Food & Drink » Wine & Dine Review

The Rising Sun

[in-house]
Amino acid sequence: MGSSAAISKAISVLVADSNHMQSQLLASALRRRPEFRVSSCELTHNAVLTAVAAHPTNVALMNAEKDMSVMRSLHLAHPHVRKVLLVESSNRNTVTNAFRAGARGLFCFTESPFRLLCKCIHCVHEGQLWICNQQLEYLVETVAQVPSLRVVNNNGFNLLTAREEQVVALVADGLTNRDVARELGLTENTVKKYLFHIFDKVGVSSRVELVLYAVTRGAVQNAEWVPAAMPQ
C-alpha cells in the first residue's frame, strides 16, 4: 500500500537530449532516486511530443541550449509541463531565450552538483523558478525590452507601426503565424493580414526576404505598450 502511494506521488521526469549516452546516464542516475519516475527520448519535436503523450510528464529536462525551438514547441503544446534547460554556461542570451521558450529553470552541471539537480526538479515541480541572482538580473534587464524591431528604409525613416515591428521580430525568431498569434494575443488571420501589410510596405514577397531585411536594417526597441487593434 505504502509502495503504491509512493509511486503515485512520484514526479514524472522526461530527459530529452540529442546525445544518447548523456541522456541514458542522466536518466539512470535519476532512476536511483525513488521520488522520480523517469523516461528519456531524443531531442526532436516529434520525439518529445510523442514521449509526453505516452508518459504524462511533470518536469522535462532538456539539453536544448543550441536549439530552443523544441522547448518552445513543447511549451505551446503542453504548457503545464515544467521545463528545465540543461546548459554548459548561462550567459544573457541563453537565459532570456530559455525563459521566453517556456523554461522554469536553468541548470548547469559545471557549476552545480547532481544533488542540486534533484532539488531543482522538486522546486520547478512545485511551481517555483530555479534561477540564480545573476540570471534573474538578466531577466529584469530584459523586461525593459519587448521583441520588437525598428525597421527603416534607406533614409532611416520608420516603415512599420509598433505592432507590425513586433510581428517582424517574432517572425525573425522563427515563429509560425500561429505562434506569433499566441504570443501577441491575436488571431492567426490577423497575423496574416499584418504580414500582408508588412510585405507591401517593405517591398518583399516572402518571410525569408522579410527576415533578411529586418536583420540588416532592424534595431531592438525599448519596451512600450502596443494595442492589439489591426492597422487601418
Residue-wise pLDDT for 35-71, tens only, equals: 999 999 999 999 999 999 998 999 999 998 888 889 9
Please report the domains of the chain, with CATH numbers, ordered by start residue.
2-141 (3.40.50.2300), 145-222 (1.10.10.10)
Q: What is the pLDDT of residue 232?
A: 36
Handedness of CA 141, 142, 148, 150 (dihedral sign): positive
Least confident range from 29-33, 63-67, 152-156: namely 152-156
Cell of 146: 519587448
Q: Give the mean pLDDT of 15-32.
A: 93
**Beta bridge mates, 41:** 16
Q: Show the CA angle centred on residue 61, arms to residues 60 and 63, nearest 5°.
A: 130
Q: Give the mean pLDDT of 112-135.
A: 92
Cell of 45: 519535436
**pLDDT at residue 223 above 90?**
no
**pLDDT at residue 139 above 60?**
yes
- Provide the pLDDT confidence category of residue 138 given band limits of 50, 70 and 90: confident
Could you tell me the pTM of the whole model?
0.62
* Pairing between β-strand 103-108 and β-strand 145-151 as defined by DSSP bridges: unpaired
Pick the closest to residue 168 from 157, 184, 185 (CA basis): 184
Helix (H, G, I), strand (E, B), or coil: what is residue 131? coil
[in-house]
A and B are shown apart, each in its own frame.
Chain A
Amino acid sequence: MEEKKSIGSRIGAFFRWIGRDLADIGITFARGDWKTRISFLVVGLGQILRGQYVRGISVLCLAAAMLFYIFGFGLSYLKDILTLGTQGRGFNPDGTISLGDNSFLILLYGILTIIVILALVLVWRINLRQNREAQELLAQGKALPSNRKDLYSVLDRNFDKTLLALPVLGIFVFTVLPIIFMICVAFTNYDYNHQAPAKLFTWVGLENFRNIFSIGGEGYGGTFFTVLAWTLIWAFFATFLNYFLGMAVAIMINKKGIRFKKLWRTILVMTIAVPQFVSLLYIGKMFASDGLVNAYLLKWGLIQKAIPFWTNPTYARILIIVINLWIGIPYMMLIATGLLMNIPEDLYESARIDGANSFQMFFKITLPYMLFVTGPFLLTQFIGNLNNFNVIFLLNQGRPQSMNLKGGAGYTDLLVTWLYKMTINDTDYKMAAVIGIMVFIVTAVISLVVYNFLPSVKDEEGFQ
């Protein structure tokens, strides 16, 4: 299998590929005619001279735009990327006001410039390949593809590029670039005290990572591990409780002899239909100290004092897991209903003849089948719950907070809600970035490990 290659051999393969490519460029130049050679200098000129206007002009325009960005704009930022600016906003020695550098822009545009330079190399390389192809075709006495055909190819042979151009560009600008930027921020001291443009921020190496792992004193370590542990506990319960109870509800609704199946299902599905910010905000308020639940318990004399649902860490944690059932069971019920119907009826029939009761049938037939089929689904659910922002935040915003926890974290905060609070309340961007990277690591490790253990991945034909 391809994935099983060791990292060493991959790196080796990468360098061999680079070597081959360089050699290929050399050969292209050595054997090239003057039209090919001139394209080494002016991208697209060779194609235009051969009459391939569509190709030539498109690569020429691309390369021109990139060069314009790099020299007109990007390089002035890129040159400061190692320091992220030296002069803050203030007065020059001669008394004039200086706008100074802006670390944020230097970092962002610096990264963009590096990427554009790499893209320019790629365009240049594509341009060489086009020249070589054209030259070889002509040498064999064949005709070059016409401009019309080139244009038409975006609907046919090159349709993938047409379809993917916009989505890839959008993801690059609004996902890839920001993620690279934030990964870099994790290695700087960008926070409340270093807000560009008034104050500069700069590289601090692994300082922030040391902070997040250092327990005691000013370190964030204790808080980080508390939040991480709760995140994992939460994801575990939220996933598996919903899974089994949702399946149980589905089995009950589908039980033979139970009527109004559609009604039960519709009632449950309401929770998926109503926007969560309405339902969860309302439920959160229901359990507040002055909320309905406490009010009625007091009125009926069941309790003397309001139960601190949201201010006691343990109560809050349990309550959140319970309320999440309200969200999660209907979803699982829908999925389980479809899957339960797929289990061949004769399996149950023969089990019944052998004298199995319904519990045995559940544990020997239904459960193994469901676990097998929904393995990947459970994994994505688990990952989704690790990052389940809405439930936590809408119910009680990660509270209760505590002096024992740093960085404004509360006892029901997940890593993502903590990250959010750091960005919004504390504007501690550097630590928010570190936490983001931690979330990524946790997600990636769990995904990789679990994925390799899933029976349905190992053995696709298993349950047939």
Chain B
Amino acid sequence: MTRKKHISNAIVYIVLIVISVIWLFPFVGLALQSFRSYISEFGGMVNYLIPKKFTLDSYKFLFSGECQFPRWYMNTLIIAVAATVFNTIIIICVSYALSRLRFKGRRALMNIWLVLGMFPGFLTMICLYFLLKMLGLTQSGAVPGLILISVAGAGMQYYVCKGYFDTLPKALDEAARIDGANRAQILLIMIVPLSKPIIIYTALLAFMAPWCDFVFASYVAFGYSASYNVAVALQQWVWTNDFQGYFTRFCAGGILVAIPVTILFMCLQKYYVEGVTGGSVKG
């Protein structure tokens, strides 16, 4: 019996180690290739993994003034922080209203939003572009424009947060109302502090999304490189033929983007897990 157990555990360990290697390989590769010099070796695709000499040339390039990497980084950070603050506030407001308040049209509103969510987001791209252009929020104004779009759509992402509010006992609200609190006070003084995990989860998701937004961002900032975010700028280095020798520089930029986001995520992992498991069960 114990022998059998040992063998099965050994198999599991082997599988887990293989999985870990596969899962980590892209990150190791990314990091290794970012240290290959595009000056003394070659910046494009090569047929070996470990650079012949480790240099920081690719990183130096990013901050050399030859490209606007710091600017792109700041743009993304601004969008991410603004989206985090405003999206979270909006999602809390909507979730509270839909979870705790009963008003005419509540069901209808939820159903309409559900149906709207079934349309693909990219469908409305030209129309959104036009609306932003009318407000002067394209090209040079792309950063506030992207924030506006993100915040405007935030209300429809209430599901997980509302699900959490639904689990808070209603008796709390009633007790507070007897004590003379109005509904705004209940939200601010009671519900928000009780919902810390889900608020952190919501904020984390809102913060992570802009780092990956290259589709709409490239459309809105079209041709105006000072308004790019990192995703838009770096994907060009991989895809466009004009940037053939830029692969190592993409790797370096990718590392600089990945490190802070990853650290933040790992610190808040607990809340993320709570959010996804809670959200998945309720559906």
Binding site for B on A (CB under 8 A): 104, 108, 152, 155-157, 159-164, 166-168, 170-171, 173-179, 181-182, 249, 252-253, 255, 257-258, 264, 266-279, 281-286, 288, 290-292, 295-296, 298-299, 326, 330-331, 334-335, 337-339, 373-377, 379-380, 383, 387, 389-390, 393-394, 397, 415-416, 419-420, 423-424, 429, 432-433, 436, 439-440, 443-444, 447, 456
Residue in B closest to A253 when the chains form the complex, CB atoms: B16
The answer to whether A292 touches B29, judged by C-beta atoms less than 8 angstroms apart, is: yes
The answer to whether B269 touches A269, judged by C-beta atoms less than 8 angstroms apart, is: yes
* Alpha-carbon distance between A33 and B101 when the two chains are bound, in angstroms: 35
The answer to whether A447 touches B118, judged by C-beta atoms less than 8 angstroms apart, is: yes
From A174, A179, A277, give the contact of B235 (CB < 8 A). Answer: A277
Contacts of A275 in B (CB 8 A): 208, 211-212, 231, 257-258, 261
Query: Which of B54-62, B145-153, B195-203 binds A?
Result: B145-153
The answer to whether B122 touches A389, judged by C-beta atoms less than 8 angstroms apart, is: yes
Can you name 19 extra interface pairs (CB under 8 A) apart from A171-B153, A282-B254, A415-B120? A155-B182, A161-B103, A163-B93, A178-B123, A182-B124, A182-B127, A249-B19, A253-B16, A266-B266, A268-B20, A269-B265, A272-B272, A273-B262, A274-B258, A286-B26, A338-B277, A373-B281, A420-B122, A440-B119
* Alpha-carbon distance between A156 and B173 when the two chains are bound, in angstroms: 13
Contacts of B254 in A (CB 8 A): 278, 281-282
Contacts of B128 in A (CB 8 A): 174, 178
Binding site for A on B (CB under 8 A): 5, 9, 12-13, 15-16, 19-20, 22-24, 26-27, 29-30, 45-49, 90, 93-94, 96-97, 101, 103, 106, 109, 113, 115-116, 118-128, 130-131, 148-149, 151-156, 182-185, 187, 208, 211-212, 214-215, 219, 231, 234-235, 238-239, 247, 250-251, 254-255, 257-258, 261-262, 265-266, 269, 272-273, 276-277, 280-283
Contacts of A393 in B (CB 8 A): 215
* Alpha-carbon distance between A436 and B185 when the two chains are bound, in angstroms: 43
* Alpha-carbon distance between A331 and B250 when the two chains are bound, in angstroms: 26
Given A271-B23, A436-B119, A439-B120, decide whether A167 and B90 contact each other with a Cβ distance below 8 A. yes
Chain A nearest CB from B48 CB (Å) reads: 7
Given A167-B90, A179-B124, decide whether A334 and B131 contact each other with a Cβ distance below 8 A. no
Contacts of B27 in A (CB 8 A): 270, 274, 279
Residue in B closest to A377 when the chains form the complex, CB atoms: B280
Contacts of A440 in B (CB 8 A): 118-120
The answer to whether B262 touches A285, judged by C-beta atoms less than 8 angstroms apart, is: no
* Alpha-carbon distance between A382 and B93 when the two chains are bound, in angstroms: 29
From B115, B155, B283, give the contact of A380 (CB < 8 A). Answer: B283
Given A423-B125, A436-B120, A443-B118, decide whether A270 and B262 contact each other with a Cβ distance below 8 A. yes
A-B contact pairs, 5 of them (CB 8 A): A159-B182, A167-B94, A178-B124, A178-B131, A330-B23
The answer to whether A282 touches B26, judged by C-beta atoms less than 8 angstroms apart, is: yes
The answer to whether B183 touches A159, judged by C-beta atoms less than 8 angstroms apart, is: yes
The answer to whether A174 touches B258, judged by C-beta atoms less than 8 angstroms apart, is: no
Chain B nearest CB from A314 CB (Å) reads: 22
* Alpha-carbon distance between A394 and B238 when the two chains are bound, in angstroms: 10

Here in Charlotte, sushi is as hot as the tropics at the moment. You know this is true when you see grocery shoppers toss a six pack or two into their carts as readily as they do packaged lettuce. Residents of Huntersville, though, have a new sushi option. Last April ASAHI Japanese Restaurant and ASAHI Japanese Express opened. "Huntersville is such a fast-growing town. We thought we would give it a try since sushi is so popular now. Exit 23 is a good area, not like 36. It's close to 18 and not too far from 28," explains Oymon Sim, one of the owners. If this code of exits off I-77 makes sense to you, you probably live in range of ASAHI. Sim and her husband David used to own the Golden Palace on Albemarle Road, which they bought from her father in 1990. Another ASAHI owner came from a Charlotte Chinese restaurant as well. James Lam worked for Wan Fu Restaurant in south Charlotte several years ago. The third co-owner is Japanese-native Kazuo Tozawa, who is also the chef. The restaurant is not named for a popular Japanese beer. Rather ASAHI means the rising sun and signifies a new beginning, which it is for the owners. Although modestly located in one of those nondescript red brick newly-built shopping centers, the owners have transformed their space (across the parking lot from the Bi-Lo) into a stunning, yet whimsical 100-seat dining room. This smartly designed restaurant is the work of Lou Chien of Watts Leaf Architects in Charlotte. The restaurant, through calmed by the choice of the lilac wall color, is vibrant. The center dining section is defined by lattice woodwork stained green and funky Paleolithic Lascauxesque table tops with drawings of cats and dogs. To the sides are more secluded nooks and toward the rear, a large private room. The sushi bar, fronted by a half dozen bright red bar stools, has small colorful fish halogen lights dangling from lines overhead. There is a space for a television in back of the bar, but one has yet to be installed. The mood is upbeat, not traditional. This establishment's attention to detail is readily evident. The wine list is abbreviated but well chosen and reasonably priced. All the wines are offered by the glass as well. In addition, they offer an assortment of imported and domestic beers. Servers make the customers feel appreciated, and owner Sim, who grew up in her father's Chinese restaurant, has a dedicated eye. The food comes quickly. ASAHI's menu yields many delights. Fragrant miso soup tempts you to want more. A salad of crisp greens and gentle sesame ginger vinaigrette proves to be a perfect palate cleanser. Chef Tozawa has finessed the overly familiar Shumai shrimp dumpling into flavorful, memorable morsels (six for $4.95). But, unfortunately, not everything works. The grilled squid ($8.95) paired with a mound of horseradish, though wonderfully smoky, was tough. As for the sushi, what arrives is fresh and expertly prepared but somewhat lacking in artful presentation and variety. It is my habit to ask the sushi chef to prepare whatever he wants, since the sushi bar is a good indication of the chef's artistic temperament. At times I am presented with exhilarating trays which can take your breath away for their skillful presentation and daring inventiveness with ingredients. But this chef took a more conservative route. Not that I blame the restaurant for this. More than one restaurant located in Lake Norman suburbia has squandered its resources by overreaching for what is not necessary. So no quail eggs or uni or an intricate interplay of color and flavor in an exotic arrangement. At ASAHI, the tray was filled with deftly cleaved, sparkling fresh tuna Maki rolls, nestled among rows of Nigiri with thin slices of the more commonly found varieties of tuna and salmon resting on poufs of short grain rice. These were held together with a murmur of rice vinegar and highlighted by a whisper of wasabi. I confess to being hopelessly addicted to sticky rice, and thus rarely get beyond the sushi bar in Japanese restaurants. However, if you don't like sushi, the old standbys are here, too: bento boxes, udon, teriyaki, and tempura. In addition, ASAHI has added such specials as pan-seared chicken with Belgian endive, cilantro, jalapeno avocado sauce, and tamari sauce ($13.95); grilled moromiso marinated steak with shiitake, enoki, and oyster mushrooms ($16.95); sake-poached shrimp with fried baby spinach, escarole, cilantro, with a spicy lemon dressing and tamari soy sauce ($17.95); and grilled salmon with fried baby spinach, arugula, and yuzu-miso sauce ($18.95). The restaurant is open for lunch and offers a smaller menu, which is also available for carry out. This includes Tunkatsu (fried pork cutlet, $6.50), sauteed scallops with mushrooms and onions ($7.95), chicken karange (breaded chicken in a sweet tangy sauce, $6.25), and grilled chicken teriyaki ($6.25). These items are served with a salad, vegetables, and rice. Also offered for lunch are bento boxes, udon dishes, both soup and stir fry ($6.50-$7.95), and tempura served with a salad and rice ($6.50-$7.95). The owners were smart to add the Express side to their business, particularly now that grocery stores are selling sushi. However, I'm not so sure what will happen to Japanese cuisine if it becomes as common a carry out item as pizza or moo goo gai pan. Freshness is, after all, the key to Japanese cuisine and finding a three-day-old tote of nigiri pushed to the back of the refrigerator will not be the same as finding a slice of old pizza. Prices are reasonable for a Japanese restaurant. The sushi deluxe, a combination of two rolls and six nigiri, is $19.75. Udon dishes range from $5.95 to $10.95, salmon teriyaki is $14.95 and tempura shrimp is $14.95. ASAHI is an unassuming neighborhood spot filled with promise. It may be a bit of a distance from center city Charlotte, but those in its neighborhood shouldn't keep their distance. ASAHI Japanese Restaurant and Sushi Bar and ASAHI Japanese Express, 14211 Reese Boulevard, Huntersville. 704-948-7728; carry out 704-948-0228. Hours are lunch Monday through Friday 11:30am until 2:30pm; dinner Sunday through Thursday 5pm until 10pm; and Friday and Saturday 5pm until 11pm. AmEx, Visa, MC.